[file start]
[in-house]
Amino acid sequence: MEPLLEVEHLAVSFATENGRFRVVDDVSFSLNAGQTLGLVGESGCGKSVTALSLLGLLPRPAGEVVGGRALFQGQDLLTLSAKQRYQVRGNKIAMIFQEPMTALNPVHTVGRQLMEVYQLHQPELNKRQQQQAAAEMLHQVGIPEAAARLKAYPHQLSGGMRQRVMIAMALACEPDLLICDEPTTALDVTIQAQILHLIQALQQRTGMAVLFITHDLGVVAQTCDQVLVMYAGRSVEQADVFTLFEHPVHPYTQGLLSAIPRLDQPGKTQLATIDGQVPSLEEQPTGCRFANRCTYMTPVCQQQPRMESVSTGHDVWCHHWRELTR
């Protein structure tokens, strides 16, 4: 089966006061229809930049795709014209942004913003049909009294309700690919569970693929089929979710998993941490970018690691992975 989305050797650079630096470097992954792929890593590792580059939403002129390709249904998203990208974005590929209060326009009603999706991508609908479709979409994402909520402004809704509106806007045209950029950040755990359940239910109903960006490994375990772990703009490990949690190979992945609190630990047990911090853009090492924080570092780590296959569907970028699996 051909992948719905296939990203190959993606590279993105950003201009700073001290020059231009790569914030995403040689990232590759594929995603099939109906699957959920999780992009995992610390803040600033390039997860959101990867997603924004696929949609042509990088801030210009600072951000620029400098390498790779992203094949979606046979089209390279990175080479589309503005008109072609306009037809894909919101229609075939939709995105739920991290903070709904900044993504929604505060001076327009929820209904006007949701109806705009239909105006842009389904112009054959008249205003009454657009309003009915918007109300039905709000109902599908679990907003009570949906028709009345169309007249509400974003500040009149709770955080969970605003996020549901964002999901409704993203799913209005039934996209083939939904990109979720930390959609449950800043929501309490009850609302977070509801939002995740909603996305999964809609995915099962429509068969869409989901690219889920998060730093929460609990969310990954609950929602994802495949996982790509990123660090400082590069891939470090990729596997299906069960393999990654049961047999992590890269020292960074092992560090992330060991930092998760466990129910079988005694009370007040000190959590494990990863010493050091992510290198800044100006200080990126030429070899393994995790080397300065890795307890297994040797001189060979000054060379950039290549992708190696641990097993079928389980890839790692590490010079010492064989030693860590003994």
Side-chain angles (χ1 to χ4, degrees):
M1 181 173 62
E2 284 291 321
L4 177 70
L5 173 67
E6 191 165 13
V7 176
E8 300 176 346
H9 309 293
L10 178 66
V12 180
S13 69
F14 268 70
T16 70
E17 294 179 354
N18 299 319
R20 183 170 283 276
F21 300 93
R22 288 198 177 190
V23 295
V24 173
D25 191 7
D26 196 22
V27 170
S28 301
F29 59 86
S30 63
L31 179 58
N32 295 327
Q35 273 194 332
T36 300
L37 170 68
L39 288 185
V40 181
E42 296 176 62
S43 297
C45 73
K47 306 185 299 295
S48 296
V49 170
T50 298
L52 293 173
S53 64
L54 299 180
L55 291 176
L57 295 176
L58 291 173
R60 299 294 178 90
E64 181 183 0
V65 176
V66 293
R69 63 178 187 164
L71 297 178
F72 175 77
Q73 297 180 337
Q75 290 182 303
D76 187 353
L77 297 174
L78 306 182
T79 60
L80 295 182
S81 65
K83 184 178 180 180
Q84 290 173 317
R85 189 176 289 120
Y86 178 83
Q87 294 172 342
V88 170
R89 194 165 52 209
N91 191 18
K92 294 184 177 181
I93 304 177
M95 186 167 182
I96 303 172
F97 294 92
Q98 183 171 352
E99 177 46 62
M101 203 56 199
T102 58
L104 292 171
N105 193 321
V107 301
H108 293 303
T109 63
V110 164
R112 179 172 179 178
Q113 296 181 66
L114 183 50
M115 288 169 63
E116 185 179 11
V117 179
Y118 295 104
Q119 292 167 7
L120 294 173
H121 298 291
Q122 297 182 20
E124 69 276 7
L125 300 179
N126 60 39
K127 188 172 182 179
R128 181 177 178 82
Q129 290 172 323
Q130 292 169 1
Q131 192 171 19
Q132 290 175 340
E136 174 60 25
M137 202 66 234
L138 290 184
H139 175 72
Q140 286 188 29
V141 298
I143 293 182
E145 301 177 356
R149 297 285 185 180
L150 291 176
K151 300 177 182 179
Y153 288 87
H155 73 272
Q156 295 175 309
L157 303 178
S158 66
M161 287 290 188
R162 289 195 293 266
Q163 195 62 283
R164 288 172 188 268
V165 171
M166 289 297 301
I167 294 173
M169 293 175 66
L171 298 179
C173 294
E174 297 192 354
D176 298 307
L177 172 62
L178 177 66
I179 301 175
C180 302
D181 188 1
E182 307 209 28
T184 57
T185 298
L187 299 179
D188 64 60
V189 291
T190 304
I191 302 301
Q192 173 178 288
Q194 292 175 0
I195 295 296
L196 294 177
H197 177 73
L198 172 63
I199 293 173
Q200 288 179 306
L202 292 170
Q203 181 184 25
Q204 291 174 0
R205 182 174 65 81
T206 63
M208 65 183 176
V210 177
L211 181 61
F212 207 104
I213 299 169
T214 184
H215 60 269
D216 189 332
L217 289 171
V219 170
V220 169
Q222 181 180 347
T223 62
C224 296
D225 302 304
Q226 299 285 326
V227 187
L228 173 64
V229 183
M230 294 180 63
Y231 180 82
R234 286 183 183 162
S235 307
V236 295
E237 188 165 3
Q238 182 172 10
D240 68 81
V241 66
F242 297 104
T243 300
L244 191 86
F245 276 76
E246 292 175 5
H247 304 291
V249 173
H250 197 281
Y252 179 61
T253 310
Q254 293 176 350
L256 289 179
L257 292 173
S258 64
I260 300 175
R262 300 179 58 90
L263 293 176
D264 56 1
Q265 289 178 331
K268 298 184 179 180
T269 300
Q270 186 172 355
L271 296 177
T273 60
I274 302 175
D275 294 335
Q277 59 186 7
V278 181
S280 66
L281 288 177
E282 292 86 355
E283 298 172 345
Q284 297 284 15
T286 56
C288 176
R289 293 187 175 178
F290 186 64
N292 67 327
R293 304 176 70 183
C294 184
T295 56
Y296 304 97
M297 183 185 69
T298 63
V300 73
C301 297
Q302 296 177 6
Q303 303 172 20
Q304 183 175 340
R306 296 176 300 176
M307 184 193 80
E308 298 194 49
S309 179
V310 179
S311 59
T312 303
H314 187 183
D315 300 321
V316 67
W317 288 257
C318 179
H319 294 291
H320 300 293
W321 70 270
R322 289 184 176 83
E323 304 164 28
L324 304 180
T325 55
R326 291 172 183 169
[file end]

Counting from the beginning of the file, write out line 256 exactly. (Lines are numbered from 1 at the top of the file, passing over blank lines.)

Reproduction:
E323 304 164 28